Agro-Climatic Regions of India

Agro-Climatic Regions of India
Posted on 20-08-2023

Climate is a pivotal determinant impacting a region's agricultural landscape. It molds the ecological context for crops and accounts for regional disparities in farming. The influence of climatic factors can be seen in planting schedules, crop yields, and cultivation patterns across diverse parts of a nation. In 1989, the Planning Commission of India, collaborating with the National Remote Sensing Agency, partitioned India into Agro-climatic regions based on factors like soil type, rainfall, temperature, and water resources. This typology also considered environmental aspects and land productivity, including the stress on land resources.

India was categorized into 15 primary agro-climatic regions, each with unique characteristics and agricultural potential:

  1. The Western Himalayas: This area spans Jammu and Kashmir, Himachal Pradesh, and Uttarakhand. The region showcases diverse topography, with towering mountains, deep valleys, and steep slopes. Temperatures range from 5°C to -40°C, while rainfall varies from 30cm to 150cm. Notably, terraced fields on hill slopes cultivate rice, maize, wheat, barley, and vegetables. Fruits like apples, peaches, pears, almonds, and walnuts thrive, and alpine pastures above 2000m serve as grazing grounds for livestock.

  2. The Eastern Himalayas: Covering Sikkim, Darjeeling, Assam Hills, and more, this region boasts rugged terrain, abundant forests, and swift rivers. With sub-humid climate and rainfall exceeding 200cm, rice, maize, and potatoes are staples. Shifting cultivation poses challenges like soil and forest resource damage, urging soil erosion prevention and diversified income streams for farmers.

  3. The Lower Gangetic Plains: Encompassing Bihar, West Bengal, and Assam's Brahmaputra valley, this area features fertile alluvial soil. Humid conditions with rainfall ranging from 100cm to 200cm suit rice and jute cultivation. The Green Revolution led to wheat's popularity, while improvements in rice farming, horticulture, and fisheries are essential for progress.

  4. The Middle Gangetic Plains: Stretching across Uttar Pradesh and Bihar, this gently sloping plain boasts rich alluvial soil nurtured by the Ganga. Humid climate with 100cm to 150cm rainfall fosters rice, maize, millets, and wheat cultivation. Diversification and activities like dairying and agroforestry could augment farmers' incomes.

  5. The Upper Gangetic Plains: Encompassing parts of Uttar Pradesh, Uttarakhand, and beyond, this region experiences sub-humid continental climate. Adequate irrigation facilities support intensive agriculture, yielding wheat, rice, sugarcane, millets, pulses, and more. To tackle issues like waterlogging and soil degradation, strategies include mixed cropping, horticulture, and saline soil improvement.

  6. The Trans-Ganga Plain: This region covers Punjab, Haryana, Delhi, and parts of Rajasthan, characterized by semi-arid conditions and alluvial soil. Challenges like waterlogging and soil degradation stem from excessive irrigation. Wheat, rice, sugarcane, and cotton dominate cultivation, but the region needs sustainable practices and groundwater management.

  7. The Eastern Plateaus and Hills: Encompassing Chotanagpur Plateau, Chhattisgarh plains, and more, this region struggles with deficient surface water due to hard rocks. Rain-fed agriculture prevails, with rice, maize, millets, oilseeds, and more as main crops. Introducing high-yield seeds and water harvesting can promote growth.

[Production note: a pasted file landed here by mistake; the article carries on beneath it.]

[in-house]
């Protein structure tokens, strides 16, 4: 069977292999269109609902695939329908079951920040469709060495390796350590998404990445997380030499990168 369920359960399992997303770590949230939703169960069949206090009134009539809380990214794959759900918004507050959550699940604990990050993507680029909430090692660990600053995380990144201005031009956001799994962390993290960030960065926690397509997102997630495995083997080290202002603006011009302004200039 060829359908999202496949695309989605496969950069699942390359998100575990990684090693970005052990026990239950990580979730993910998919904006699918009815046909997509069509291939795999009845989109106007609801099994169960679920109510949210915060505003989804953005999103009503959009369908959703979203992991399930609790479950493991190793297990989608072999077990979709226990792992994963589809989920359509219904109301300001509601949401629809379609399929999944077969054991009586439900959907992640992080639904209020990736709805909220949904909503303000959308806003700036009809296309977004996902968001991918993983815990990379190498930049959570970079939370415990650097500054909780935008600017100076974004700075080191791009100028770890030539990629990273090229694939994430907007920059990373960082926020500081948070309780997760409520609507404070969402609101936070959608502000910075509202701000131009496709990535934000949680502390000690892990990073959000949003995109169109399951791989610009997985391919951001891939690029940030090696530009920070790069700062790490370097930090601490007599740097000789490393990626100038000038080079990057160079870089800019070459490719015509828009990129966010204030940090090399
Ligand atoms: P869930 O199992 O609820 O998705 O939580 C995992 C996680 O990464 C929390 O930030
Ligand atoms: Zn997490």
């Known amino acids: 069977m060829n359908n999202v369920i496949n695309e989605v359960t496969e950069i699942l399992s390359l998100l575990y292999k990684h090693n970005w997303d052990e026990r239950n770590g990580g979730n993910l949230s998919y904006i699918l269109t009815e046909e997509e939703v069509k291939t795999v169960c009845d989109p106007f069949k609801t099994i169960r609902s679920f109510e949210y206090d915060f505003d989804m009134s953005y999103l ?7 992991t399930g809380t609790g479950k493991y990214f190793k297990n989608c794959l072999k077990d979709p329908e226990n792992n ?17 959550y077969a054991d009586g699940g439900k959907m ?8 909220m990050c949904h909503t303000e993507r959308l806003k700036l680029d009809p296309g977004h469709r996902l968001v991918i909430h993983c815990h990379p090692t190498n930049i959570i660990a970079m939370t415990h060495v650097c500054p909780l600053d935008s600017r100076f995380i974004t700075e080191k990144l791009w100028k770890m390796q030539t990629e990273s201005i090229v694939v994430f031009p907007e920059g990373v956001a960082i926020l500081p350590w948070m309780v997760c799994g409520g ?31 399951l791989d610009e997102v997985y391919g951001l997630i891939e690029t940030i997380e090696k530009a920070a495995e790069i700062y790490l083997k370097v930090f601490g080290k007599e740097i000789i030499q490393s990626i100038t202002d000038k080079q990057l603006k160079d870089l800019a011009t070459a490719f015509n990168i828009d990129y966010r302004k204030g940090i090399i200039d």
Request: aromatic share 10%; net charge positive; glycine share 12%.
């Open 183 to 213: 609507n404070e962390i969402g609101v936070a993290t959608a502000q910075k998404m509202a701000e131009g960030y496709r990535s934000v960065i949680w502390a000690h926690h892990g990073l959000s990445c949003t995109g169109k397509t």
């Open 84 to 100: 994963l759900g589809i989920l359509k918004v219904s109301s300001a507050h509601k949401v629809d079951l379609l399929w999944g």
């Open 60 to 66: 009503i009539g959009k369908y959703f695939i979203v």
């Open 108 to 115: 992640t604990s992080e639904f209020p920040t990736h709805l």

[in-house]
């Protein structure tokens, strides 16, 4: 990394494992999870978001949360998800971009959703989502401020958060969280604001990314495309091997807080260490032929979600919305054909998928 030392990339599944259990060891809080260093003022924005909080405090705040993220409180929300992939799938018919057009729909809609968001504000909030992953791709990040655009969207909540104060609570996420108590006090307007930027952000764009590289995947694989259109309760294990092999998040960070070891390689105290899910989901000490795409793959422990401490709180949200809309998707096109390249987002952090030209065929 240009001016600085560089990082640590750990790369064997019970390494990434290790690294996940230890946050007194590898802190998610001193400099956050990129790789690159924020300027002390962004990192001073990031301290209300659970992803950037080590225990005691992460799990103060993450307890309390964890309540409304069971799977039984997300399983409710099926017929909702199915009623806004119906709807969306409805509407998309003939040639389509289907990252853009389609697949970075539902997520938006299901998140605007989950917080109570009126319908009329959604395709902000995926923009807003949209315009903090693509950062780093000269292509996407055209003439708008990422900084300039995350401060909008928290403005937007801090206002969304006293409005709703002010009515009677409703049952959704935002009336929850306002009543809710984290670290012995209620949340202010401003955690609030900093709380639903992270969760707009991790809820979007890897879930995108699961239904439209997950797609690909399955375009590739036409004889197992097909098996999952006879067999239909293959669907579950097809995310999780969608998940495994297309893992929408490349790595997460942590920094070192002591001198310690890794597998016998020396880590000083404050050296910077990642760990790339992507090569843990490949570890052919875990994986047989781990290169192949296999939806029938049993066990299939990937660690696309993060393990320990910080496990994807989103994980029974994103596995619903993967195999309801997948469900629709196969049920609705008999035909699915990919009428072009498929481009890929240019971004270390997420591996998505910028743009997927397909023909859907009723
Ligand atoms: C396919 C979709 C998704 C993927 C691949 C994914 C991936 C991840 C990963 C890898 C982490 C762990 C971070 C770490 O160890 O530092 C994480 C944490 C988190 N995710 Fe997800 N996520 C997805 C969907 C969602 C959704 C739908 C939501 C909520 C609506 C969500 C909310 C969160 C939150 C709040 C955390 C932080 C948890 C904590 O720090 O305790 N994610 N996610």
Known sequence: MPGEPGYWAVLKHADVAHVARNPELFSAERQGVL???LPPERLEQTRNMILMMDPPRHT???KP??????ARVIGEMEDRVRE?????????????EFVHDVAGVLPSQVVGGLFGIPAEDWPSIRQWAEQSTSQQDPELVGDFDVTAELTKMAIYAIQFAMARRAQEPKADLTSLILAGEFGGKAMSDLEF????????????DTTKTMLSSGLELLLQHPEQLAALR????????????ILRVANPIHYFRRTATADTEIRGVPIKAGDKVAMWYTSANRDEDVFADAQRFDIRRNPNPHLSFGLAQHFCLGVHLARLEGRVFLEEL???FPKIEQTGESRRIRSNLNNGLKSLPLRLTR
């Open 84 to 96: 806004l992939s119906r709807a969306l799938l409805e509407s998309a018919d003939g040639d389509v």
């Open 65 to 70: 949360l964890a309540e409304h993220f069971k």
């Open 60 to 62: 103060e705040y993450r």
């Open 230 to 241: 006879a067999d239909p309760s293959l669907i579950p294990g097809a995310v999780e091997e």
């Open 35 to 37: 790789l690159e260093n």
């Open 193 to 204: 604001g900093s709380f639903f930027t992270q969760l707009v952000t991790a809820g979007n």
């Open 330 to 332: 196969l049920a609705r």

8. The Central Plateaus and Hills: Covering parts of Madhya Pradesh and Rajasthan, this semi-arid region relies on crops like millets, wheat, pulses, and cotton. Water scarcity necessitates conservation methods, dry farming, and diversification for enhanced productivity.

  9. The Western Plateaus and Hills: Stretched over Maharashtra's Deccan plateau, this region contends with semi-arid climate and black soil. Rainfall between 25cm and 75cm fuels hardy crops like jowar, cotton, and sugarcane. Water-saving devices and smarter irrigation can boost agricultural output.

  10. The Southern Plateaus and Hills: Encompassing parts of Maharashtra, Karnataka, Telangana, Andhra Pradesh, and Tamil Nadu, this semi-arid region suits millets, pulses, oilseeds, and more. Focusing on dry farming, dairy, and horticulture can improve the region's prospects.

  11. The East Coastal Plains and Hills: Spanning from Odisha to Tamil Nadu, deltas dominate this region, ideal for rice, jute, tobacco, and more. Encouraging crop diversification is vital for sustainable growth, given the coastal climate and alluvial soils.

  12. The Western Coastal Plains and Western Ghats: From Maharashtra to Kerala, this region receives substantial rainfall supporting crops like rice, coconut, and spices. Focus on high-value crops and improved infrastructure can drive growth.

  13. The Gujarat Plains and Hills: Encompassing Kathiawar and fertile valleys, this arid to semi-arid region has a rich crop profile. Water management, rainwater harvesting, and dryland farming are critical for development.

  14. The Western Dry Region: Covering the arid part of Rajasthan, this region relies on Indira Gandhi Canal for irrigation. Crops like bajra and jowar thrive, and water management is a key development strategy.

  15. The Island Region: Including Andaman and Nicobar Islands and Lakshadweep, this equatorial climate region banks on rice, millets, and coconut. Crop improvement and fisheries are key developmental avenues.

Overall, these agro-climatic regions highlight the interplay between climate and agriculture, necessitating tailored development strategies to ensure sustainable growth and resilience.

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